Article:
The Centers for Medicare and Medicaid Services (CMS) implemented its new regulations governing home oxygen reimbursement on January 1, 2009. These changes, part of the larger Deficit Reduction Act (DRA), Medicare Modernization Act (MMA), and Medicare Improvements for Patients and Providers Act of 2008 (MIPPA), are posing significant challenges to both patients and home medical equipment (HME) providers. Without doubt, these issues are a cause of concern for respiratory therapists.

To frame the significance of this issue, it is important to note that there are approximately 1.5 million Medicare beneficiaries currently receiving home oxygen therapy at a cost to the Medicare system of $2.9 billion in 2008.1 The majority of these patients are suffering from COPD and have documented chronic hypoxemia. The benefits of home oxygen therapy for COPD patients are well known. Patients are living longer and can be maintained in the comfort of their own home with the use of home oxygen therapy. COPD is currently the fourth leading cause of death in the United States, and will become the third leading cause of death by the year 2020. The National Heart, Lung, and Blood Institute estimates that 24 million Americans have COPD, but only half have been diagnosed.2 This estimate portrays the significant increase in home oxygen therapy that will be required over the next several decades.

Reduce the Cost at Any Cost

CMS, which oversees both Medicare and Medicaid, has been under pressure to reduce costs associated with the Medicare program, and, over the last 20 years, there have been frequent changes and reductions in reimbursement for home oxygen equipment in an effort to control Medicare costs. Due to the significant increase in the number of Medicare beneficiaries in need of home oxygen therapy, the overall Medicare expense for home oxygen equipment and other types of HME has continued to grow. In addition, there is a perception that fraud and abuse among home oxygen suppliers are widespread. This has led CMS to scrutinize the usage and reimbursement of home oxygen equipment. The claims of fraud and abuse have been reported in the media over the last few years, and, unfortunately, they have portrayed an inaccurate description of the home oxygen reimbursement issue.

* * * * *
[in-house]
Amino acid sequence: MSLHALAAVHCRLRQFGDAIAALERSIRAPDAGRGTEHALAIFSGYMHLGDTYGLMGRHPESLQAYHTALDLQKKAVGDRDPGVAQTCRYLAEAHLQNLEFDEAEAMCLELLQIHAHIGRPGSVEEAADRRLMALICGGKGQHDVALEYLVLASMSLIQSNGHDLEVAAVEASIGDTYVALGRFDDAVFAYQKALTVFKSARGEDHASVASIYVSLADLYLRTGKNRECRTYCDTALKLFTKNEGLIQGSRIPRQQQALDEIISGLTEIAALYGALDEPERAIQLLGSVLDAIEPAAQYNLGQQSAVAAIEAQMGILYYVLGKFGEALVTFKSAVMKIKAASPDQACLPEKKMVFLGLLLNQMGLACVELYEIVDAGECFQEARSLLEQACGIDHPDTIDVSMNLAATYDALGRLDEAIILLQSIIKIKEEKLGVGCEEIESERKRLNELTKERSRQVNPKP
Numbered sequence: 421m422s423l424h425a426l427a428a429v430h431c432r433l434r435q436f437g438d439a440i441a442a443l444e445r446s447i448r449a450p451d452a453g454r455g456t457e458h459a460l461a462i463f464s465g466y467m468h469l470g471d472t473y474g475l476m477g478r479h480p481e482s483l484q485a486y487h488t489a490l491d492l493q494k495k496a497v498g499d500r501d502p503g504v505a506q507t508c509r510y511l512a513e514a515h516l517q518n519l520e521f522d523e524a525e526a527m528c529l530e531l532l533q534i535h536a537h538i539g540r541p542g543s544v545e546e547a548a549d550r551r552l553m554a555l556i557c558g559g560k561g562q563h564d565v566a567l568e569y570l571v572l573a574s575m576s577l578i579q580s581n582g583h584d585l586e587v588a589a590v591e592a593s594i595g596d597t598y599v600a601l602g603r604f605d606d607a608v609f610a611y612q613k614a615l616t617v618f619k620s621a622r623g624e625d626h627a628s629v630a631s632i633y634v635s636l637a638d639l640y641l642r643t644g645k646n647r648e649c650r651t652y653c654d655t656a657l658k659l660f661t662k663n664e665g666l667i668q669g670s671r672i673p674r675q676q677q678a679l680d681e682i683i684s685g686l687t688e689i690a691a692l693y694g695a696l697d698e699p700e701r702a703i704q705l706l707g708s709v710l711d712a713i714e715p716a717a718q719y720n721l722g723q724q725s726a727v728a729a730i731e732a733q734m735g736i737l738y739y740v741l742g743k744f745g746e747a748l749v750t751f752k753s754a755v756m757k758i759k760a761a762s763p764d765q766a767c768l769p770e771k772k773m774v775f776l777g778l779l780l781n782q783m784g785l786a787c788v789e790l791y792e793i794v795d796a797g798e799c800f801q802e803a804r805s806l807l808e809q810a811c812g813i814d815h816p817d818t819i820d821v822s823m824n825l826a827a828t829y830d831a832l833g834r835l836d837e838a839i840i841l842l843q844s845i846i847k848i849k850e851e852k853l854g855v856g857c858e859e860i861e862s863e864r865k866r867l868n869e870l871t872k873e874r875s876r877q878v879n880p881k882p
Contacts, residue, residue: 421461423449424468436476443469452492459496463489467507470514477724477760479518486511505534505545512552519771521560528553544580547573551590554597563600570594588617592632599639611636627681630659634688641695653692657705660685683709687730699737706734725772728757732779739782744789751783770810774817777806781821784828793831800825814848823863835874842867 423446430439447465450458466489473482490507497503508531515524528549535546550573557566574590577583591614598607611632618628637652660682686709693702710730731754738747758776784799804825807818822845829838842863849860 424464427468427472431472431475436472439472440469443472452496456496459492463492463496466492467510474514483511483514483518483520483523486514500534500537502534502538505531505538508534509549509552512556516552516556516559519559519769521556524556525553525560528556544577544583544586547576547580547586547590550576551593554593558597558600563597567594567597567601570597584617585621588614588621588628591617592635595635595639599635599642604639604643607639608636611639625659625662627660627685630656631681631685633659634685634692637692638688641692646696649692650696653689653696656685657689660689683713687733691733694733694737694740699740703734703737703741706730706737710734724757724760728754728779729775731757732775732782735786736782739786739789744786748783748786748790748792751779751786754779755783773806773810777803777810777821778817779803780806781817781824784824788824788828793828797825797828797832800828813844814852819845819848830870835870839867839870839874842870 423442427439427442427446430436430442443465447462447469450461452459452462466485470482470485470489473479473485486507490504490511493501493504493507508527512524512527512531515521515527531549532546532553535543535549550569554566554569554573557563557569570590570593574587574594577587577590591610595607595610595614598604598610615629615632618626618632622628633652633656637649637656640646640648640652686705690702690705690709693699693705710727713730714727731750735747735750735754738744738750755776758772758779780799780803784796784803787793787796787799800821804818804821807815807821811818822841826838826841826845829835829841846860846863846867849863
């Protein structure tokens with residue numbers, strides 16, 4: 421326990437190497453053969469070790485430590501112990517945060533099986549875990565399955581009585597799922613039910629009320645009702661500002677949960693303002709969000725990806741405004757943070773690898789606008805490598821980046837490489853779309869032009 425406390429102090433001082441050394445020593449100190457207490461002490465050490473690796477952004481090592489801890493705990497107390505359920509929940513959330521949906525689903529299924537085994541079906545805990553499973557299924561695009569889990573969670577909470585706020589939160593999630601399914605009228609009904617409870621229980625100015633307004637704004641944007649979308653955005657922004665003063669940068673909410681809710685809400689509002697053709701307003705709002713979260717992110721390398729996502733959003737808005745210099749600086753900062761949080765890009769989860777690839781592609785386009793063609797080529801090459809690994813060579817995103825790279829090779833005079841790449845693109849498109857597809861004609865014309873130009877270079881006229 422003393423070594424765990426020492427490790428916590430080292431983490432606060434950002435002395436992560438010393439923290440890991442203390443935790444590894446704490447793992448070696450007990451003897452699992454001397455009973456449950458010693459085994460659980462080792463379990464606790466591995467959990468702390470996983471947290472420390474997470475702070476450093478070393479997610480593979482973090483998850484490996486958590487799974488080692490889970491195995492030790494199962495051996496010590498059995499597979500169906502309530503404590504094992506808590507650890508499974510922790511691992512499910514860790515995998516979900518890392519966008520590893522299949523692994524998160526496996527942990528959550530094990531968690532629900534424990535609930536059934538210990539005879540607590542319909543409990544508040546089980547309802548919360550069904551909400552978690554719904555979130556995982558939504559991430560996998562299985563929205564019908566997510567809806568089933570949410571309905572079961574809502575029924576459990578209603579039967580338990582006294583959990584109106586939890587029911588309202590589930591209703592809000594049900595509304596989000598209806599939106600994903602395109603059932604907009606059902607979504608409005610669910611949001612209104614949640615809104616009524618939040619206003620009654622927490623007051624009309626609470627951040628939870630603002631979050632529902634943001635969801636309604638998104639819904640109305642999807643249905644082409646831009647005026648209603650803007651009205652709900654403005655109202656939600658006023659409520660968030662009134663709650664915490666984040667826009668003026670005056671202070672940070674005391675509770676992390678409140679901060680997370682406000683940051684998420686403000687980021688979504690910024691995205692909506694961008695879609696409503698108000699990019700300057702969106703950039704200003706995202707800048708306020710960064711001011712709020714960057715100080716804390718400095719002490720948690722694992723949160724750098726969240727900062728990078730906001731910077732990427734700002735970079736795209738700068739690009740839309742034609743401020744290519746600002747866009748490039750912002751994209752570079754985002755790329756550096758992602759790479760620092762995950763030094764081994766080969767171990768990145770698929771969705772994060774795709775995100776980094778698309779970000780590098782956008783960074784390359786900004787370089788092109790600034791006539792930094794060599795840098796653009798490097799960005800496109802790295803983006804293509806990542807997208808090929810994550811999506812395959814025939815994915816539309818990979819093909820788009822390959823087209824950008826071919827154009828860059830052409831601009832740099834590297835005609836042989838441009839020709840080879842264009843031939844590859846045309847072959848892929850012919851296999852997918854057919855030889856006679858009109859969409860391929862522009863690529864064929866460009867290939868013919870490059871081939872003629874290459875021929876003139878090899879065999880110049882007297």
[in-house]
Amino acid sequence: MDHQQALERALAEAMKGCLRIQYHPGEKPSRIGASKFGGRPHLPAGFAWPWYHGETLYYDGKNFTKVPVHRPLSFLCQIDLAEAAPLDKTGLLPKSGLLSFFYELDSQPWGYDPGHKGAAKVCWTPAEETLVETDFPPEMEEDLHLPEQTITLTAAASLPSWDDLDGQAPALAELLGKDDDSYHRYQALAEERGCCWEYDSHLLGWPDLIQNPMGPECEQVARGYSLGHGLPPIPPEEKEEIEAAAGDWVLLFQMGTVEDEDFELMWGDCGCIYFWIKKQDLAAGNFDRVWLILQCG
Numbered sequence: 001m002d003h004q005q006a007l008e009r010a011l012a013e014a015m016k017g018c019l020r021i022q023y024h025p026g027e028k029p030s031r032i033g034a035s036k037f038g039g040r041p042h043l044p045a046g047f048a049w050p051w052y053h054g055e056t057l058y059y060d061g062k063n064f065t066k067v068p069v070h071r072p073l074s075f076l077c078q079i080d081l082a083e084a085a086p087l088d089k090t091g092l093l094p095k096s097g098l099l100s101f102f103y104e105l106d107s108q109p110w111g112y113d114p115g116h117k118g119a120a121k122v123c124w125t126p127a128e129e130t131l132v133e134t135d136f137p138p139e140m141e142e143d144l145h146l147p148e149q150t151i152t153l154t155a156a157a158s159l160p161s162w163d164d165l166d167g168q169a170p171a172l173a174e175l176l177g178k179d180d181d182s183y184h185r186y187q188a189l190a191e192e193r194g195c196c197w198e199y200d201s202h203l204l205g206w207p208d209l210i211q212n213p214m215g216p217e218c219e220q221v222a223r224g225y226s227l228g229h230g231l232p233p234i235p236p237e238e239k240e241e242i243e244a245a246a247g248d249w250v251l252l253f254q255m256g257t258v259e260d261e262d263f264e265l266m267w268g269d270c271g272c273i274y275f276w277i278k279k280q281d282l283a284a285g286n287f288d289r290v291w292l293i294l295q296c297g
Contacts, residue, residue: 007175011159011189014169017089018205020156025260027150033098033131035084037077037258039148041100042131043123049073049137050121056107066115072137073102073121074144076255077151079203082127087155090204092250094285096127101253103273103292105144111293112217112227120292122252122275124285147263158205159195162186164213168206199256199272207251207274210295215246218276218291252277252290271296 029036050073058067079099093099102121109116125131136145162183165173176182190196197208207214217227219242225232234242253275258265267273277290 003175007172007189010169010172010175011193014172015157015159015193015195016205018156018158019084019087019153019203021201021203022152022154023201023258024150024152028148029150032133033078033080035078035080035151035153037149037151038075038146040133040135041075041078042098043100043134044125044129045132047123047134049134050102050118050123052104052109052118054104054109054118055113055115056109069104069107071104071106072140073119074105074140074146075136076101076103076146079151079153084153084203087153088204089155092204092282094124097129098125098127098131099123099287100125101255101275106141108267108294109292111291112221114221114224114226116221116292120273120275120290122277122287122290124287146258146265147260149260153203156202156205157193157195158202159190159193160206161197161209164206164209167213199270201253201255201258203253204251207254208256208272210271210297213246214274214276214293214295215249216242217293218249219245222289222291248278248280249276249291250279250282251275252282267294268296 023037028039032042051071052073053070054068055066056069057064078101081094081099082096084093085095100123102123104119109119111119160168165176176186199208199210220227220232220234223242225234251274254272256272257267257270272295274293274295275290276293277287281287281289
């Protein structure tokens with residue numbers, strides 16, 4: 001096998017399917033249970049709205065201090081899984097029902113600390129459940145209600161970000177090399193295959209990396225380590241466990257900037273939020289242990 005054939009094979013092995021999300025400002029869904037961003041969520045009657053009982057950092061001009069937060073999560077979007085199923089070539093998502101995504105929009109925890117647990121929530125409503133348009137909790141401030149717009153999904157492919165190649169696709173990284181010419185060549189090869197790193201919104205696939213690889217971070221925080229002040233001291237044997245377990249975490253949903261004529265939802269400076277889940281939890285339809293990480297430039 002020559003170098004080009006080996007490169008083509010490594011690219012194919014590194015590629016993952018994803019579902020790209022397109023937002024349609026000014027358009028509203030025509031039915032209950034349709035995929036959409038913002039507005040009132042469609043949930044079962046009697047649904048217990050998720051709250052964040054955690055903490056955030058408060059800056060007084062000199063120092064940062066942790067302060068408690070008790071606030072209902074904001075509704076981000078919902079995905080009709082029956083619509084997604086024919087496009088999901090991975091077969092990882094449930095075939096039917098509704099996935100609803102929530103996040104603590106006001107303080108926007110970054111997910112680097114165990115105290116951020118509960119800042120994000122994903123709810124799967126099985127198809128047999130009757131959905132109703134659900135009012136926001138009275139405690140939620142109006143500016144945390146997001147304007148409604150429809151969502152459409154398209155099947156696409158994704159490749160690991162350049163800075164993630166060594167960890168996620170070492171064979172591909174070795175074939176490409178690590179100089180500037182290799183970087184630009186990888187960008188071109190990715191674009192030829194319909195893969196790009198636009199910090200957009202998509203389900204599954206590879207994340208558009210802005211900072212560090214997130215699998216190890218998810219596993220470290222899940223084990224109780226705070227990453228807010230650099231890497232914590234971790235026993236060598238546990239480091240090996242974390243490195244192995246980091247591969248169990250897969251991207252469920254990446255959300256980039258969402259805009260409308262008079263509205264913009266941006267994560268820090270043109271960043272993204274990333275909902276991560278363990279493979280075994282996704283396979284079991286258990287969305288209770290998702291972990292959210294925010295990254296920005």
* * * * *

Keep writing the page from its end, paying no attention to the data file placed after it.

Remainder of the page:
The crux of the reimbursement changes that became effective on January 1, 2009, is the 36-month cap for reimbursement of home oxygen. In addition to the 36-month cap, CMS reduced payment for oxygen therapy by 9.5%, bringing the monthly payment rate to $175.79. The rationale CMS used in determining this cap is that the average reimbursement for rental of an oxygen concentrator was $200/month, compared to the average purchase price of a concentrator of $587.1 The 2006 report prepared for CMS calculated that this was an excessive cost for equipment that requires “little maintenance.” CMS estimated that it would save $200 million in fiscal year 2010 as a result of this payment change.3

The specifics of the 36-month cap on home oxygen reimbursement are as follows4:

  • Oxygen concentrator rental charge is paid for 36 months.4
  • The 36-month cap is calculated on number of paid Medicare rental payments for a period of continuous use beginning January 1, 2006.
  • The HME company that furnished the equipment must continue to service the equipment after the 36-month cap, even if the beneficiary relocates outside the supplier’s service area.
  • The HME company is responsible for making arrangements for continued service of a patient who moves out of their service area.
  • The HME company must continue to provide supplies, such as nasal cannulas, tubing, and humidifier bottles, after the 36-month cap.
  • Payment for portable oxygen equipment is included in the 36 monthly rental payments. Once the 36-month cap is reached, the HME company may begin billing for portable oxygen contents.
  • Portable oxygen contents are to be billed on the anniversary date of the oxygen equipment billing. A maximum of 3 months of oxygen contents can be delivered at one time
  • The HME company cannot bill for portable oxygen contents if the patient uses a portable concentrator or transfilling system.
  • “Reasonable useful life” of a concentrator is 5 years (60 months). At this point, the beneficiary may choose to obtain a new concentrator and a new 36-month rental period begins.
  • Routine maintenance and service visits following each continuous 6-month period will be paid for 30 minutes of labor (approximately $30/visit).
  • No payment will be made for nonroutine maintenance and service, such as unscheduled emergency visits, after the 36-month cap.

HMEs in Crisis

These significant changes to the oxygen reimbursement system have produced major challenges to the HME companies providing oxygen therapy equipment. The most immediate challenge noted is a reduction in revenue. The Office of Inspector General (OIG) reported that 22% of Medicare beneficiaries were on service for 36 months or longer on January 1, 2009.This means that there was a 22% reduction in income for HME companies across the country this past January. Depending on an individual company’s volume of oxygen patients, this reduction in revenue could be much higher or lower. Also, additional patients will cap each month and be dropped from the revenue stream. A compounding issue is the 9.5% cut in reimbursement that became effective on January 1.3 HME companies need to take into consideration the 36-month cap and the 9.5% cut when forecasting revenue moving forward.